Average official intensity errors were 5, 9, 12, 10, and 0 kt for the 12, 24, 36, 48, and 72 h forecasts, respectively. For comparison, the average official intensity errors over the 10-yr period 1993-2002 are 6, 10, 13, 15, and 19 kt, respectively.
Table 5 lists the watches and warnings associated with Odette.
1All forecast verifications in this report include the depression stage of the cyclone. National Hurricane Center verifications presented in these reports prior to 2003 did not include the depression stage.
|04 / 1200||12.9||76.2||1005||30||tropical depression|
|04 / 1800||13.3||75.7||1003||35||tropical storm|
|05 / 0000||13.7||75.2||1000||45||"|
|05 / 0600||13.9||74.8||993||50||"|
|05 / 1200||14.1||74.4||993||50||"|
|05 / 1800||14.3||73.8||995||50||"|
|06 / 0000||15.0||73.0||995||50||"|
|06 / 0600||15.9||72.5||995||55||"|
|06 / 1200||16.6||72.2||995||55||"|
|06 / 1800||17.2||72.0||994||55||"|
|07 / 0000||17.9||71.4||997||45||"|
|07 / 0600||18.9||70.6||1000||40||"|
|07 / 1200||20.5||69.5||1003||40||"|
|07 / 1800||22.4||68.1||1002||45||extratropical|
|08 / 0000||23.5||65.9||1002||45||"|
|08 / 0600||24.4||63.7||1004||45||"|
|08 / 1200||25.4||61.6||1005||40||"|
|08 / 1800||26.3||59.5||1005||40||"|
|09 / 0000||27.4||57.1||1005||40||"|
|09 / 0600||28.9||54.2||1006||40||"|
|09 / 1200||30.4||51.1||1006||40||"|
|09 / 1800||31.9||47.7||1006||40||"|
|10 / 0000||absorbed in frontal zone|
|06 / 2300||17.8||71.5||995||50||landfall near Cabo Falso, Dominican Republic|
|06 / 0600||15.9||72.5||995||55||maximum wind|
|05 / 0600||13.9||74.8||993||50||minimum pressure|
|Ship Name or Call Sign||Date/Time (UTC)||Lat.|
|Wind dir/speed (deg/kt)||Pressure (mb)|
|C6FU9||05 / 1200||11.8||73.9||210/37||1008.0|
|MZRS8||06 / 0600||14.5||68.5||130/36||1006.5|
|MZRS8||06 / 1200||15.7||67.3||130/38||1009.0|
|UCAB||08 / 1200||23.6||61.3||260/35||1009.3|
|Maximum Surface Wind Speed|
|Forecast Technique||Period (hours)|
|CLP5||57 (11)||77 (9)||112 (7)||128 (5)||311 (1)|
|GFNI||57 (7)||58 (5)||50 (3)||76 (1)|
|GFDI||44 (10)||114 (8)||188 (6)||314 (4)||1150 (1)|
|LBAR||54 (11)||124 (9)||200 (7)||330 (5)||641 (1)|
|AVNI||70 (9)||142 (7)||185 (5)||202 (3)|
|AEMI||59 (7)||106 (5)||194 (4)||182 (2)|
|BAMD||64 (11)||137 (9)||215 (7)||359 (5)||946 (1)|
|BAMM||52 (11)||100 (9)||146 (7)||185 (5)||507 (1)|
|BAMS||83 (11)||129 (9)||160 (7)||158 (5)||70 (1)|
|NGPI||66 (9)||113 (7)||115 (5)||181 (3)||376 (1)|
|UKMI||47 (10)||80 (8)||104 (6)||121 (4)|
|A98E||57 (11)||77 (9)||122 (7)||154 (5)||242 (1)|
|A9UK||49 (6)||81 (5)||130 (4)||181 (3)||318 (1)|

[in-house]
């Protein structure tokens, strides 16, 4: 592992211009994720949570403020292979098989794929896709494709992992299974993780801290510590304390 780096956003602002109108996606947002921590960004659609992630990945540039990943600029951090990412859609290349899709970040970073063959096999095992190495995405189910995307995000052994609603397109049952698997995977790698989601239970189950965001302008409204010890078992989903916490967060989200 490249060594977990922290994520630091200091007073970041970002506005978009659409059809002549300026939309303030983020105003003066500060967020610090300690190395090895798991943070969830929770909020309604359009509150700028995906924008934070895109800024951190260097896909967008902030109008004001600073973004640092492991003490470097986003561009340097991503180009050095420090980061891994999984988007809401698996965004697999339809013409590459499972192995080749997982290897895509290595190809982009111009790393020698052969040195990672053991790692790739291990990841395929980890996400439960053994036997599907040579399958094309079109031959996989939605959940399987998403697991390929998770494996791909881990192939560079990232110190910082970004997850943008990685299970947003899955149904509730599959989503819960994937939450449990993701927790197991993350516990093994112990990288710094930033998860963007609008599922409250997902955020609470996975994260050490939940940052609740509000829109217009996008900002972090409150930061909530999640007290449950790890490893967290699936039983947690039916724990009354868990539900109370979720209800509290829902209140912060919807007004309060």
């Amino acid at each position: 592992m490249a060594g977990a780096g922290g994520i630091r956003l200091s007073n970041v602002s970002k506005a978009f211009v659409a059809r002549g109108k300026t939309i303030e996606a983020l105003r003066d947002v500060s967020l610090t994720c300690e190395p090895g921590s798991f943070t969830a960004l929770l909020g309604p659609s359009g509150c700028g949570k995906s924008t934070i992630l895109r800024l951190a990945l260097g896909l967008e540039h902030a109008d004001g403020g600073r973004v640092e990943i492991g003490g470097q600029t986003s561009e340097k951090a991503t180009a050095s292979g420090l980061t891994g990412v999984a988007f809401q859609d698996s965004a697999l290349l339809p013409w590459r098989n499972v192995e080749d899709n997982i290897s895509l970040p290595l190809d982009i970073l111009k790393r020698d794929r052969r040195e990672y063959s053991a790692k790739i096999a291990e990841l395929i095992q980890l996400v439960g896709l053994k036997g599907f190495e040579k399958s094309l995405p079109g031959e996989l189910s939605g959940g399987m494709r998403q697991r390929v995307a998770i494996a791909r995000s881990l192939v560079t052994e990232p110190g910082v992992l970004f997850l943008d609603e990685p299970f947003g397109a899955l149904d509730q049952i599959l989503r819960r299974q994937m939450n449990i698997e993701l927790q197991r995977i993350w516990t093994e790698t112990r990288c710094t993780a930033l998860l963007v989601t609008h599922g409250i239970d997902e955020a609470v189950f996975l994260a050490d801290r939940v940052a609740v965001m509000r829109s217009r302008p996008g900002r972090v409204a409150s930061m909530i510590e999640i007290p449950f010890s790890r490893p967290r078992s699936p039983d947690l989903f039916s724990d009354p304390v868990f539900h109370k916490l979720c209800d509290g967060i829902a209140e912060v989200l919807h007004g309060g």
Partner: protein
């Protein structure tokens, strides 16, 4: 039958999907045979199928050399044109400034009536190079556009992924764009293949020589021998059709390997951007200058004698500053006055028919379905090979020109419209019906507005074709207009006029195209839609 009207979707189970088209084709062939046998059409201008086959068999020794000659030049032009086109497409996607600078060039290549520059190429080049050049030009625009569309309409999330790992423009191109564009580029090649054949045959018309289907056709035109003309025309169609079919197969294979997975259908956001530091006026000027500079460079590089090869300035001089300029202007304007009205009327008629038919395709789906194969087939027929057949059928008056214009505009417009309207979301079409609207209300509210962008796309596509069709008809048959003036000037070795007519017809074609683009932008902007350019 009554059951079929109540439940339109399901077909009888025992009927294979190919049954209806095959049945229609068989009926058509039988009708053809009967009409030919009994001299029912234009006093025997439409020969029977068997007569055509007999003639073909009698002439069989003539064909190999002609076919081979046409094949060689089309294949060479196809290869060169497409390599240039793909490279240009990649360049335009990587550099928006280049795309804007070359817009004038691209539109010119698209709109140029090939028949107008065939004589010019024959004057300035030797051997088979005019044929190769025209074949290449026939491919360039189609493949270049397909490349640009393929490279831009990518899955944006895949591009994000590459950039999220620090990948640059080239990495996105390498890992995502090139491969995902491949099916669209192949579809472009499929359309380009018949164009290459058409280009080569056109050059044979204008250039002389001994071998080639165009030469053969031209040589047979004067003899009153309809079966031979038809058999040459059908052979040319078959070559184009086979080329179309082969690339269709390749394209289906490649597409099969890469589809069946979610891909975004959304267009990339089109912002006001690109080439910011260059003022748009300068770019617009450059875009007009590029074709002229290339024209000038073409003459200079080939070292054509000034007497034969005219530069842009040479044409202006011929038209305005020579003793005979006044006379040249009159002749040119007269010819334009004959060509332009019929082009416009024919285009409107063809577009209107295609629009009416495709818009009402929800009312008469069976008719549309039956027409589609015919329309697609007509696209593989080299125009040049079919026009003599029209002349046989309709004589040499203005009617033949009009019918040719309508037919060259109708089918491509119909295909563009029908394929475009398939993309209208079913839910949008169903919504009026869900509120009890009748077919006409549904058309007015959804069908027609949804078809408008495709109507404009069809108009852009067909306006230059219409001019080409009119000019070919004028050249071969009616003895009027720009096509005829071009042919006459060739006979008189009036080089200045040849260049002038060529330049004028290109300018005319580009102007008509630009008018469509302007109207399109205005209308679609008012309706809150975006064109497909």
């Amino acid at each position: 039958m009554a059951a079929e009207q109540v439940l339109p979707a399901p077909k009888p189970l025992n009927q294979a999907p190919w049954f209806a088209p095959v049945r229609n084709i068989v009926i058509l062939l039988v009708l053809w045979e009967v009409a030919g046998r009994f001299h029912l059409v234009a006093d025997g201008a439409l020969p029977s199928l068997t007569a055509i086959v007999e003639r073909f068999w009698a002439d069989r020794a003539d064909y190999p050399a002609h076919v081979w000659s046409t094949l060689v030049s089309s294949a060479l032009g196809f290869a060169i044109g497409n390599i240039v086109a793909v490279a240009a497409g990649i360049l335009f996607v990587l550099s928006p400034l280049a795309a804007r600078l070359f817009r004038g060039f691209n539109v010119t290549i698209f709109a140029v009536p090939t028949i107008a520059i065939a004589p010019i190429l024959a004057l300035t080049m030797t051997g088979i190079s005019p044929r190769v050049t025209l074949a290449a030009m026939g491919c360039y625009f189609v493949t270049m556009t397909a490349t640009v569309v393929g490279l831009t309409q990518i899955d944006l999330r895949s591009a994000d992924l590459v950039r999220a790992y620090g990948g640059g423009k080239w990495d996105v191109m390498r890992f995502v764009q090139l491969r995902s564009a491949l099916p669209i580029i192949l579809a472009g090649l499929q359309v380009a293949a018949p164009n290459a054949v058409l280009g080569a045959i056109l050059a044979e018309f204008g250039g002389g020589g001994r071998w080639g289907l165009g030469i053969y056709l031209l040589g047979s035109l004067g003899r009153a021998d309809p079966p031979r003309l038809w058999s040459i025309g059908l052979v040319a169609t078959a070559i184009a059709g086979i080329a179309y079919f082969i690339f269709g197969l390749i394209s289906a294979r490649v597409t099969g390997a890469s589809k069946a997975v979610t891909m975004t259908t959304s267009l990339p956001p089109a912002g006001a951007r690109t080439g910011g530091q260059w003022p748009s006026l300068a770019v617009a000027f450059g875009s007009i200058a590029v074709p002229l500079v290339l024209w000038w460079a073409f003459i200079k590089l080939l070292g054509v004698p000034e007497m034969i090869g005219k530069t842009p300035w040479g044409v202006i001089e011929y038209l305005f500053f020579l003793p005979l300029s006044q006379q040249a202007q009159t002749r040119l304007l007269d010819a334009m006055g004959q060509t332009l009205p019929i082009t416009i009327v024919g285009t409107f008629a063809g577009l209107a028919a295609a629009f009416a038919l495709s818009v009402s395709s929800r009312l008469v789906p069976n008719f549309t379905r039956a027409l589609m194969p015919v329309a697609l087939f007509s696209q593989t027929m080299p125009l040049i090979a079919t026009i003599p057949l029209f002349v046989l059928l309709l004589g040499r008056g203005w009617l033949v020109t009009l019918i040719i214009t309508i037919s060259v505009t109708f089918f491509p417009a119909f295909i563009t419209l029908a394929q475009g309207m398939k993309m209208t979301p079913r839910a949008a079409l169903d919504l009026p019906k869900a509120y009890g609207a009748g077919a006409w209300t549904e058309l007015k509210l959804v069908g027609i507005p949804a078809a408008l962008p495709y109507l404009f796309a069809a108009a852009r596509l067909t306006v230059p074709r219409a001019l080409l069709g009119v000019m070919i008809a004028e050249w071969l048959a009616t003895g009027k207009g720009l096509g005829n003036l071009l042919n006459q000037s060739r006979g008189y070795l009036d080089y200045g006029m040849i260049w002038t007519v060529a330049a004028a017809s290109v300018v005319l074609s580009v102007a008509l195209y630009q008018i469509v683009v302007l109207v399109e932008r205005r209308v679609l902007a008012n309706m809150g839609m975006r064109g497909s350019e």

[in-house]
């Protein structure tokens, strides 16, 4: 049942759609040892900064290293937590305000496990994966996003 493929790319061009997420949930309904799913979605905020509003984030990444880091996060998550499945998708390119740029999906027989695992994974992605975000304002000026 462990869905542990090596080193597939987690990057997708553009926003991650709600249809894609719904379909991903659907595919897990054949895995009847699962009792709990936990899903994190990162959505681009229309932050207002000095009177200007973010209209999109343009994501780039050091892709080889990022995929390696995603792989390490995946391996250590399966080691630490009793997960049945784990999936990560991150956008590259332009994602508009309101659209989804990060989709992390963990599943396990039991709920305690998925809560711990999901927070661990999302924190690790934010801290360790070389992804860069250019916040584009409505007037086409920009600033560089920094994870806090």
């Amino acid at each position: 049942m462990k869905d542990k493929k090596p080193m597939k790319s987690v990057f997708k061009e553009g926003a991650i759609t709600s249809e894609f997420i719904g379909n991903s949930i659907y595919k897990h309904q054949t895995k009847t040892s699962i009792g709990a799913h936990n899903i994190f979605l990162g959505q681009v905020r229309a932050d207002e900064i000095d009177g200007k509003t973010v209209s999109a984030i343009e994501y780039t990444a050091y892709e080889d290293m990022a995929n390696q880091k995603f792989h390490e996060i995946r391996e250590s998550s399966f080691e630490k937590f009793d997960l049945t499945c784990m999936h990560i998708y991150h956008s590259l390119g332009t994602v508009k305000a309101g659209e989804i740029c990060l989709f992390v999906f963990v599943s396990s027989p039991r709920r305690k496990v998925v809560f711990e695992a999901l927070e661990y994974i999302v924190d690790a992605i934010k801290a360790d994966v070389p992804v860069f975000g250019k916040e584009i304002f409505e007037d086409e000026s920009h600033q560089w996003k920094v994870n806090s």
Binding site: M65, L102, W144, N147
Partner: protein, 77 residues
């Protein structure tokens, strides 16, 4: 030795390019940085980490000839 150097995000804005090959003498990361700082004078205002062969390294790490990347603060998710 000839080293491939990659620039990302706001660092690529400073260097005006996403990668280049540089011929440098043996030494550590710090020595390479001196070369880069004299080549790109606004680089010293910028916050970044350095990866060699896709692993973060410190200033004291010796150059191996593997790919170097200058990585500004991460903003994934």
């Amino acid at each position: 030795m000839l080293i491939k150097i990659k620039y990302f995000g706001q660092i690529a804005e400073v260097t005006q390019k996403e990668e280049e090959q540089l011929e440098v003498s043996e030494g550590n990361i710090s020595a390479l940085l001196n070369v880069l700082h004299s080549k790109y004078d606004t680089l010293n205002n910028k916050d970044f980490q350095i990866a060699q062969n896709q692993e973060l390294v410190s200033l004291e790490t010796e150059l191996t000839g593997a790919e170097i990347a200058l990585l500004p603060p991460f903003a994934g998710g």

|GUNS||45 (8)||81 (6)||98 (4)||156 (2)|
|GUNA||48 (8)||93 (6)||117 (4)||151 (2)|
|OFCL||62 (11)||128 (9)||233 (7)||506 (5)||1162 (1)|
|NHC Official (1993-2002 mean)||45 (2985)||81 (2726)||116 (2481)||150 (2230)||225 (1819)|
|4 / 1500||Tropical Storm Watch issued||Santo Domingo to Haiti/DR Border|
|4 / 1500||Tropical Storm Watch issued||Turks and Caicos Is to Southeastern Bahamas|
|4 / 1500||Tropical Storm Warning issued||Haiti|
|4 / 1800||Tropical Storm Watch issued||Jamaica|
|4 / 2100||Tropical Storm Watch changed to Tropical Storm Warning||Jamaica|
|5 / 0300||Tropical Storm Watch changed to Tropical Storm Warning||Santo Domingo to Haiti/DR Border|
|5 / 1500||Tropical Storm Warning modified||Isla Saona to Haiti/DR Border|
|5 / 2100||Tropical Storm Warning discontinued||Jamaica|
|7 / 0900||Tropical Storm Watch discontinued||All|
|7 / 0900||Tropical Storm Warning discontinued||Haiti|
|7 / 1200||Tropical Storm Warning discontinued||All|
Figure 1: Best track positions for Tropical Storm Odette, 4-7 December 2003.
Figure 2: Selected wind observations and best track maximum sustained surface wind speed curve for Tropical Storm Odette, 4-7 December 2003. Aircraft observations have been adjusted for elevation using 90%, 80%, and 80% reduction factors for observations from 700 mb, 850 mb, and 1500 ft, respectively. Dropwindsonde observations include actual 10 m winds (sfc), as well as surface estimates derived from the mean wind over the lowest 150 m of the wind sounding (LLM), and from the sounding boundary layer mean (MBL). Landfall in the Dominican Republic is indicated by the thin vertical line.
Figure 3: Selected pressure observations and best track minimum central pressure curve for Tropical Storm Odette, 4-7 December 2003.Landfall in the Dominican Republic is indicated by the thin vertical line.On several occasions dropwindsondes released at the flight-level center of circulation encountered relatively strong winds at the surface; consequently, the best track pressure curve does not precisely follow the plotted aircraft data.